They said nothing for a long while, and I didn’t dare say anything either. They just took turns staring at me, as though they were just barely keeping themselves from giving in to their wild instincts.

I sank back into the seat even further, ringing the hem of my dress repeatedly, trying to soothe my nerves.

Whatever happened to cattle after the auction was purely up to whatever vampire took them home- if they even made it that far. I waited for them to jump me-refusing to hope that I might live to see another day.

This was it.

This is how I died.

In the dark, in a car, speeding through the city.

Now out of the city.

Brows furrowed, I leaned closer to the glass. The city lights had disappeared behind us, we were now on a bridge, nothing but the bright white of the moonlight overhead reflecting on the black waters beneath us.Then we were on land again, following a road that led into a completely different landscape than the city we’d just left behind.

Trees lined the road, so dense I couldn’t see anything inside them. The road began to twist and turn, going on for miles. Finally, it slowed to a crawl before stopping in front of a large wrought iron gate. After only a moment of idling, the car crept forward again, the smooth pavement changing to stone. When the car pulled into a circular drive, I got a good look at a large, castle-like estate. 

If I weren’t so sure I was quickly approaching the end of my life, I might have been impressed. But instead, I solemnly, if not nervously, followed the twin like vampires as they climbed out of the car. This time, they both led the way, walking side by side up the wide staircase to the grand entrance. By the time we’d reached the top step, I was breathing a little too heavily.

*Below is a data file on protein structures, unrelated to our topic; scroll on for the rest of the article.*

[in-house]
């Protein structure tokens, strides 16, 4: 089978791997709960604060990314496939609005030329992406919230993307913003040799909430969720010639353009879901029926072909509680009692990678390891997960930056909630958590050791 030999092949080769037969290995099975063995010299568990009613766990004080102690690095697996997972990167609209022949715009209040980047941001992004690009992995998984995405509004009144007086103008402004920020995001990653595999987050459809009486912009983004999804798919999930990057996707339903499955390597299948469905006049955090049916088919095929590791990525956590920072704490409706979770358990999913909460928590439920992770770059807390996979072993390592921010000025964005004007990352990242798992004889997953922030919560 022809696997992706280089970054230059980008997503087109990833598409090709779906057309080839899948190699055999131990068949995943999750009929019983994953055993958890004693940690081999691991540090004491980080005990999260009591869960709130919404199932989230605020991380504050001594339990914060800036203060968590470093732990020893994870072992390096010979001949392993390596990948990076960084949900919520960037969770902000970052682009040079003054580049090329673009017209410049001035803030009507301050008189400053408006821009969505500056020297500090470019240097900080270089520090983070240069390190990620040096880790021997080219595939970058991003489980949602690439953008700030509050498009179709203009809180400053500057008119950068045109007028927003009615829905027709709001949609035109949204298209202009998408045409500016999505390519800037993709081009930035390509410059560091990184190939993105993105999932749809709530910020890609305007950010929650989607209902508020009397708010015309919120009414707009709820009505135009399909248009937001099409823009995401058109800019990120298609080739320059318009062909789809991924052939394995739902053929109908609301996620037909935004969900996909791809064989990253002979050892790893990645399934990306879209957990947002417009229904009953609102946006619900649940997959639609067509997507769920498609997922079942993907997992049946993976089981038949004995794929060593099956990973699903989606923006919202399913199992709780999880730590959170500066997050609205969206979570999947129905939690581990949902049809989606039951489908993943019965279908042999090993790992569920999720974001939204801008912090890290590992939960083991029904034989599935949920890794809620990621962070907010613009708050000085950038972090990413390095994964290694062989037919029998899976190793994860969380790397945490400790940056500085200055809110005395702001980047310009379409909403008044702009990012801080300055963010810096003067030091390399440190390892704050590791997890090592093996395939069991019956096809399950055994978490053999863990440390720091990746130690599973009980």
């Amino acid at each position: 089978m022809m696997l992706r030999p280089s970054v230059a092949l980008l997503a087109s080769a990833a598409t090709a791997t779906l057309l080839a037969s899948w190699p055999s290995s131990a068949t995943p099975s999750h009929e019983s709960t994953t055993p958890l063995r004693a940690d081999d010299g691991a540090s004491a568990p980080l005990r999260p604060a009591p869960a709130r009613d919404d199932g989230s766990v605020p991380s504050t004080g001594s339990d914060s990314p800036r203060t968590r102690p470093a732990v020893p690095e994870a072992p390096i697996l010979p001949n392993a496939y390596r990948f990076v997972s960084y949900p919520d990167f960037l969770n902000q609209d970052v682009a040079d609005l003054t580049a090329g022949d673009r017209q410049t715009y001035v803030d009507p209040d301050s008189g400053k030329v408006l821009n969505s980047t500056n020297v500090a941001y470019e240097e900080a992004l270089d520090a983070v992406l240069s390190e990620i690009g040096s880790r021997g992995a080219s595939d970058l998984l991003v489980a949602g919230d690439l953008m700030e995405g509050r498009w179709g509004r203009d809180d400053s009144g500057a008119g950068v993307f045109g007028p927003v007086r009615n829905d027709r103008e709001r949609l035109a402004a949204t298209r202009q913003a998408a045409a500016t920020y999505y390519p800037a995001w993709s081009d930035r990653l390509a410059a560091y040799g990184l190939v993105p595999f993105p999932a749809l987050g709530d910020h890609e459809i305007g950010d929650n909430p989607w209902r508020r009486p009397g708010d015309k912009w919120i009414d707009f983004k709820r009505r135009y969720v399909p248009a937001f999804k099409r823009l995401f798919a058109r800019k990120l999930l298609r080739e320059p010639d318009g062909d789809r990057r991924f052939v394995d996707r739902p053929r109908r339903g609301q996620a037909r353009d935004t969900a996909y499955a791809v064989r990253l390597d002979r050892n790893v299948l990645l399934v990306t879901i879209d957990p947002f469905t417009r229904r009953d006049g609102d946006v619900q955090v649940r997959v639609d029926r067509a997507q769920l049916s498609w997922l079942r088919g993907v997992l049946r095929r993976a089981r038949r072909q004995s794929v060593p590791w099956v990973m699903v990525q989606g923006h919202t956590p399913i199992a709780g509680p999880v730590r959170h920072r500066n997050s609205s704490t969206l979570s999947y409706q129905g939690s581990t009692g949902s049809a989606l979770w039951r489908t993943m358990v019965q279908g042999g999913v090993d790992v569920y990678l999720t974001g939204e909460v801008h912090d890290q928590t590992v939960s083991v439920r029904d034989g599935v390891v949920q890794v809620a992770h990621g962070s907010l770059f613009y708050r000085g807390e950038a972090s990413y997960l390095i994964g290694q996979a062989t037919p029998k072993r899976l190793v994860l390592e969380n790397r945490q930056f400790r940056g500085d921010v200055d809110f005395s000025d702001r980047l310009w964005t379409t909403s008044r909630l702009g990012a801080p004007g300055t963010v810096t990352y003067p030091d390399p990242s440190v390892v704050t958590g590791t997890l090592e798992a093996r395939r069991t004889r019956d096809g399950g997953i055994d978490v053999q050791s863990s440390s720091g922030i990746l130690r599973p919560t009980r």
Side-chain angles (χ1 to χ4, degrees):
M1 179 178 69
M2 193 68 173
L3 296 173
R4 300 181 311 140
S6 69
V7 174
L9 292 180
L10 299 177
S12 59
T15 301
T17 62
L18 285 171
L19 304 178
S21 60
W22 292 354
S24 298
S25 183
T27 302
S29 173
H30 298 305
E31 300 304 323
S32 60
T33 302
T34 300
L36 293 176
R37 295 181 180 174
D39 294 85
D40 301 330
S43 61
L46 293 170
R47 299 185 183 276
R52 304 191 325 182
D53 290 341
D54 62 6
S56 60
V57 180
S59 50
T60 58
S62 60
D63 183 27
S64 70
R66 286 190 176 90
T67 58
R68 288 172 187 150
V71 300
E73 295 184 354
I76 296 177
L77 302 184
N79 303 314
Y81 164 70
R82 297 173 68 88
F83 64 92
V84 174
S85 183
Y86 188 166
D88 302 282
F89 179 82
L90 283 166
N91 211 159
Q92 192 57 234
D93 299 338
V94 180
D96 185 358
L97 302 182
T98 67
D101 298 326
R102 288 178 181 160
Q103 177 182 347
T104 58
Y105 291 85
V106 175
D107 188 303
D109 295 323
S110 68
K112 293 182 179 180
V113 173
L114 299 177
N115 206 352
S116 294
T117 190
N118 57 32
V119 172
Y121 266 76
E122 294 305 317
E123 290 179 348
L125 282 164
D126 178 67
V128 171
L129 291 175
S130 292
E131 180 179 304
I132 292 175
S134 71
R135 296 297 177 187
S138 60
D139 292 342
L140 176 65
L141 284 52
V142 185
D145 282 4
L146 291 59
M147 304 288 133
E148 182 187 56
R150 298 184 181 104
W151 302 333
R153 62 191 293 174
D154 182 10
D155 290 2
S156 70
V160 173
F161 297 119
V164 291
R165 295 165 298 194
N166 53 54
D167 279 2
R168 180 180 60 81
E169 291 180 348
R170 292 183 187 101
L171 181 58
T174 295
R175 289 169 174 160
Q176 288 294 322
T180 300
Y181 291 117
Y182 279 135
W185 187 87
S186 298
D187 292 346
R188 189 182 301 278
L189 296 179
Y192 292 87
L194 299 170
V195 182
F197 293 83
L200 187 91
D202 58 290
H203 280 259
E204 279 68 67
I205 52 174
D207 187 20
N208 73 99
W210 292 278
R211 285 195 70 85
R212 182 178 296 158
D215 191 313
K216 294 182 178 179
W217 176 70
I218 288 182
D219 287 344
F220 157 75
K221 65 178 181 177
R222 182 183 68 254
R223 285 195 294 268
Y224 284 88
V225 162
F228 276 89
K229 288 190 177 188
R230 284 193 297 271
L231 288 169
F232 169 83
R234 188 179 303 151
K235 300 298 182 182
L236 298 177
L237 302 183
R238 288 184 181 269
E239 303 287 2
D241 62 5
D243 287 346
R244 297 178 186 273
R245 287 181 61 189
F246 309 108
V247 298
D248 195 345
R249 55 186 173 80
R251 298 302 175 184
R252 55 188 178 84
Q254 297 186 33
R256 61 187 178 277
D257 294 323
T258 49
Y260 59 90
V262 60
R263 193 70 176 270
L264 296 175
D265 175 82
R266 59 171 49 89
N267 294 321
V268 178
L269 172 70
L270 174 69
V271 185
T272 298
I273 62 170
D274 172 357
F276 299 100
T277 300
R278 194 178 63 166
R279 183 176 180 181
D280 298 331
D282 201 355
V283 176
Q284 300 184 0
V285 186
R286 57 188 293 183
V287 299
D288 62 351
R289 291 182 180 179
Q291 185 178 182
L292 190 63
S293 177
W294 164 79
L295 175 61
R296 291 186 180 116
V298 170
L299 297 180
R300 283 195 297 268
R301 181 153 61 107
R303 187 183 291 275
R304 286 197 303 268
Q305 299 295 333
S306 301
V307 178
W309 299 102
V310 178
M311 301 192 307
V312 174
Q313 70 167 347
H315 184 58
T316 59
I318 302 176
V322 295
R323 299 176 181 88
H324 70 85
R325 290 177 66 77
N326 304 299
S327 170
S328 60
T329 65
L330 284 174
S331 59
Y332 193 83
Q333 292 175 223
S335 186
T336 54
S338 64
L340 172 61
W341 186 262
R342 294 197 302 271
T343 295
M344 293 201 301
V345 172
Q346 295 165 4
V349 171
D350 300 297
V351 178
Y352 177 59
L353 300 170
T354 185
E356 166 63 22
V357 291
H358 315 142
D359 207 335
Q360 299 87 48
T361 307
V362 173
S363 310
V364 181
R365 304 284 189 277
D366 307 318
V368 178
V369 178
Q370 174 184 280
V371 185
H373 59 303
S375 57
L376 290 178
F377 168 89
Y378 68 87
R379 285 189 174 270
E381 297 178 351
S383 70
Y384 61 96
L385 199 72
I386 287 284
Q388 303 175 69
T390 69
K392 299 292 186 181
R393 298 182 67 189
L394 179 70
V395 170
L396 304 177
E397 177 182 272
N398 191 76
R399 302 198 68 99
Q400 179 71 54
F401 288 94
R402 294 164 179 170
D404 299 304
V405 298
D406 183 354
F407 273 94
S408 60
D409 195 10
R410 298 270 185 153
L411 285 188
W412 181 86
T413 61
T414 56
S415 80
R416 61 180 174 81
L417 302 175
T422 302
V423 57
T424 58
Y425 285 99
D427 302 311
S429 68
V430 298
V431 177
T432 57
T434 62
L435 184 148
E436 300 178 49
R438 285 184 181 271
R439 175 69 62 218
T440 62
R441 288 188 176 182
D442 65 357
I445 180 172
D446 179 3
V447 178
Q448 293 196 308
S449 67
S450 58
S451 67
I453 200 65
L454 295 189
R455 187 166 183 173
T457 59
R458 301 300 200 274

Why so many stairs?

Two large oak doors made up the entrance. I had to lean my head back to see the top of them. They appeared heavy but glided open easily as we approached. Inside was a large, open hall that looked just like something you would find in an old castle. The floors were white marble with a long, violet colored runner running down the center and up another grand staircase a good length away from the front door. A large electric chandelier hung in the center, just before the staircase. Somehow, the hall was empty. No people sitting in the chairs or on the settees sprinkled on the left and right sides. 

I stumbled along behind them all the way to the top of the staircase, unsure if I should use the shiny wooden railing for support since it appeared so clean and smudge free. At the top of the stairs, they continued walking straight, rather than turning left or right, all the way to the end of a magnificent hallway with deep purple carpeting and drape covered walls, broken every now and then by doors. 

Finally, they stopped at a door, opening it, and guided me inside. I stepped to the side as soon I was through the door, and they followed me. We had entered what appeared to be a large apartment or suite. On the side, through a large, open archway, was a grand dining table. Another archway at the back showed an even grander kitchen. On down a hall in the back, I noticed several doors, all closed.

“What do humans eat?” Lukas had called, suddenly opening the large, stainless steel fridge.

“Who cares,” Markus answered as he laid back on the long, navy settee. “What is it that eats humans?”

I shrunk back, my heart already weary from constantly being on edge. 

“We can’t eat her,” Lukas grumbled. “She wasn’t bought with our money.”

“Semantics,” Markus shot back.

“What did you buy with my money?”